Keywords: land reforms, population growth, status seeking, sharecropping
    JEL: O41 J13 N33
    Date: 2014–03
  5. By: Battistin, Erich (Queen Mary, University of London); De Nadai, Michele (University of Padova); Padula, Mario (Ca' Foscari University of Venice)
    Abstract: This paper investigates the role of childcare provided by grandparents for the fertility decisions of their offspring. We exploit a decade of pension reforms in Italy that mandated the grandparental generation to a working horizon longer than they would have had otherwise. We argue that the rise in retirement age meant a negative shock to the supply of informal childcare for the next generation. Our results show that one additional grandparent available in the early child-bearing years increases by about five percent the number of children. We show that the fertility effects of delayed retirement are limited to close-knits with a strong familistic structure. The result is not just the mechanical consequence of delayed exit from parental home, of more investment in education or of more attachment to the labour market. In light of the Italian lowest low fertility we conclude that pension reforms may have had unintended inter-generational effects. This conclusion is consistent with the sharp drop in total fertility documented by official statistics for the most conservative areas of the country.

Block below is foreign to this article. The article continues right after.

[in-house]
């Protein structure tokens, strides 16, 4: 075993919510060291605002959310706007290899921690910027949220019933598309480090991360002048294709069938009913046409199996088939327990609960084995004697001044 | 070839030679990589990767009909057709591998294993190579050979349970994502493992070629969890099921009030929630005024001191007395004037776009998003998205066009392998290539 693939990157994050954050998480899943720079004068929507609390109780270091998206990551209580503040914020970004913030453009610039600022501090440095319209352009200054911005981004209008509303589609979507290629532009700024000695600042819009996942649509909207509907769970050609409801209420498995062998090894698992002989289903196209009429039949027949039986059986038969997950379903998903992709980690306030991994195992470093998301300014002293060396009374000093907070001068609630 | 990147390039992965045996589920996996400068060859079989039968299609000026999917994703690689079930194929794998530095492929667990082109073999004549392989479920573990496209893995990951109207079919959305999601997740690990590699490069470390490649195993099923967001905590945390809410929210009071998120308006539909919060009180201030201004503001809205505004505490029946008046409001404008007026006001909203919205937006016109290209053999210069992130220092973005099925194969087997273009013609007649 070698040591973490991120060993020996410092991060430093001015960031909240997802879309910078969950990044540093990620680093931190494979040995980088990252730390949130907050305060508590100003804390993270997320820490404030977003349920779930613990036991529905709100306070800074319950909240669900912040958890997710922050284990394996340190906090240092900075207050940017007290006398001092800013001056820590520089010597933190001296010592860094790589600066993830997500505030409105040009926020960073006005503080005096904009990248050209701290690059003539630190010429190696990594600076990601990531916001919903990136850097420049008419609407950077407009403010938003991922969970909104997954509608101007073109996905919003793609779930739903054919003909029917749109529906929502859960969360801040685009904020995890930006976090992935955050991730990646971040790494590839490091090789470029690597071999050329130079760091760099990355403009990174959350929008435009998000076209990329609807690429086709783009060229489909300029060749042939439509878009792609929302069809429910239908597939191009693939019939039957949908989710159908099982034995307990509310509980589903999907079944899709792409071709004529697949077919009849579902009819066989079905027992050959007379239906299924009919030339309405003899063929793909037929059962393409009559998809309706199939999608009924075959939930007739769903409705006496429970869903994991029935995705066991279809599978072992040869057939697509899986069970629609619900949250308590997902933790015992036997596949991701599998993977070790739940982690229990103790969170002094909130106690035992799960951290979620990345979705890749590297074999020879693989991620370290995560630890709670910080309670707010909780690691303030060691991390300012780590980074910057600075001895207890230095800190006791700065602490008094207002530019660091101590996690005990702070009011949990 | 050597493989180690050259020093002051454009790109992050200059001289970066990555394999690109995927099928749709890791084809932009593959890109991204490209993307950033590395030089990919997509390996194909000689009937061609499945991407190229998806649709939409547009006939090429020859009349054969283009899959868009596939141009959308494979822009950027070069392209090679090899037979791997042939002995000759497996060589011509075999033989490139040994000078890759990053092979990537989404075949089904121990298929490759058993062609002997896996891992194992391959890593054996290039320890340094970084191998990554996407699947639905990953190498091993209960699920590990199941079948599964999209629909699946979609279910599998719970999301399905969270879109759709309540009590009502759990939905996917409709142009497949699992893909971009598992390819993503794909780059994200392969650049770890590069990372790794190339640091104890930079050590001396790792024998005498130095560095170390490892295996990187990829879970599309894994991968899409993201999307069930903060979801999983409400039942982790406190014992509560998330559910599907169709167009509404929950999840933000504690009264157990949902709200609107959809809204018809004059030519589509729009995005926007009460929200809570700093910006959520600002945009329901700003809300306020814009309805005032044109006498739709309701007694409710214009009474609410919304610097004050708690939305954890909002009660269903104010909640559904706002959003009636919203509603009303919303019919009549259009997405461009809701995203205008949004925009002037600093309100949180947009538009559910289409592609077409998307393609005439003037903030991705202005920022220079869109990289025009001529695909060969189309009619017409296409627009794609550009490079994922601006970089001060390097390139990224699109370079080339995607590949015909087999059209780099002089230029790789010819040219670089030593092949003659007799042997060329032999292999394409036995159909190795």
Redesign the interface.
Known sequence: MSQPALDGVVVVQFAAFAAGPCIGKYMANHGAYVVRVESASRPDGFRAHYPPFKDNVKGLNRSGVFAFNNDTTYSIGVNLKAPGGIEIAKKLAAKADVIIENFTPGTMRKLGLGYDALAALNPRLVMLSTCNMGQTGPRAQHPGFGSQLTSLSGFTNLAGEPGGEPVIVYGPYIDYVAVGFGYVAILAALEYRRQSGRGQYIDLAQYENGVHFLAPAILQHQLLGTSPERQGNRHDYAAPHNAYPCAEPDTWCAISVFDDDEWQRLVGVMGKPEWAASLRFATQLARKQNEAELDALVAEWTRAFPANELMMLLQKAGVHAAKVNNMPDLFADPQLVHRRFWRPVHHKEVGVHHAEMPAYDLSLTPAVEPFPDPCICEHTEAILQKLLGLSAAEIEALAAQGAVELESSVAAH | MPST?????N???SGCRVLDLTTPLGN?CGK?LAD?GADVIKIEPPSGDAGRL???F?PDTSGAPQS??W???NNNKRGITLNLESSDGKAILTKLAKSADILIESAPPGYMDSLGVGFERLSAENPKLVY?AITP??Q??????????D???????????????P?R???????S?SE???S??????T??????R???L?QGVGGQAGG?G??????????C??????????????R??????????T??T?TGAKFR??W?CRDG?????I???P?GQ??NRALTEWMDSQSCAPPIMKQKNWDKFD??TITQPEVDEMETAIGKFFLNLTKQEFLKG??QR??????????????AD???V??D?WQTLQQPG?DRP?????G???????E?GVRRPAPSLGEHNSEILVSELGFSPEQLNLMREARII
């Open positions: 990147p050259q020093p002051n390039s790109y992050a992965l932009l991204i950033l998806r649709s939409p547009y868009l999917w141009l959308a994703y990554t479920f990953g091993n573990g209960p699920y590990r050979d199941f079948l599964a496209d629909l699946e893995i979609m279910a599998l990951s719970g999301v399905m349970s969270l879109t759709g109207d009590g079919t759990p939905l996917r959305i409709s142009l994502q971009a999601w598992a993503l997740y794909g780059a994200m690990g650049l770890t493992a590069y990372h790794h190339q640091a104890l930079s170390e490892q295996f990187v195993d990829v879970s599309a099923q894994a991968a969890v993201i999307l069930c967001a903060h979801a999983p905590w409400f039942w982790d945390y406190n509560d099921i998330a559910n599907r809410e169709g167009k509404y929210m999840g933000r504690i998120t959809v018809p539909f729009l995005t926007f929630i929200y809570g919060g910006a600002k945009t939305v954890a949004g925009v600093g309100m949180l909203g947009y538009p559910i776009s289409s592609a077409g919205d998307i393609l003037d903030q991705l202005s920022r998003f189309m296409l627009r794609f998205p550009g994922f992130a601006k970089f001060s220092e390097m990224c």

Keywords: fertility, informal child care, pension reforms
    JEL: J08 J13 H42
    Date: 2014–03
  6. By: Jesus Crespo Cuaresma (Department of Economics, Vienna University of Economics and Business); Doris A. Oberdabernig (Department of Economics, Vienna University of Economics and Business)
    Abstract: We study empirically the role of education, age structure and other socioeconomic factors as a determinant of the transition to stable democratic regimes. Our findings suggest that educational improvements (in particular in primary education) and policies towards reducing inequalities in educational attainment play a particularly important role as a catalyst of sustainable democratization processes.
    Keywords: Democracy, Education, Age Structure, Economic Development
    JEL: I20 J10 O11 P26
    Date: 2014–03
  7. By: Piraino, Patrizio (SALDRU, School of Economics, University of Cape Town); Muller, Sean (SALDRU, School of Economics, University of Cape Town); Cilliers, Jeanne (Stellenbosch University); Fourie, Johan (Stellenbosch University)
    Abstract: Evidence on long-term multigenerational dynamics is often inadequate as large datasets with multiple generations remain very uncommon. We posit that genealogical records can offer a valuable alternative. Rather than exploring the intergenerational transmission of socioeconomic status, we rely on birth and death dates of eighteenth and nineteenth century settlers in South Africa's Cape Colony to estimate the intergenerational transmission of longevity. We find that there is a positive and significant association between parents' and offspring's life duration, as well as between siblings. Although these correlations persist over time, the coefficients are relatively small. While the effect of grandparents' longevity on that of grandchildren is insignificant, the cousin correlations suggest that inequality in longevity might persist across more than two generations. We suggest that family and environmental factors shared by cousins, beyond grandparental longevity, can explain these results.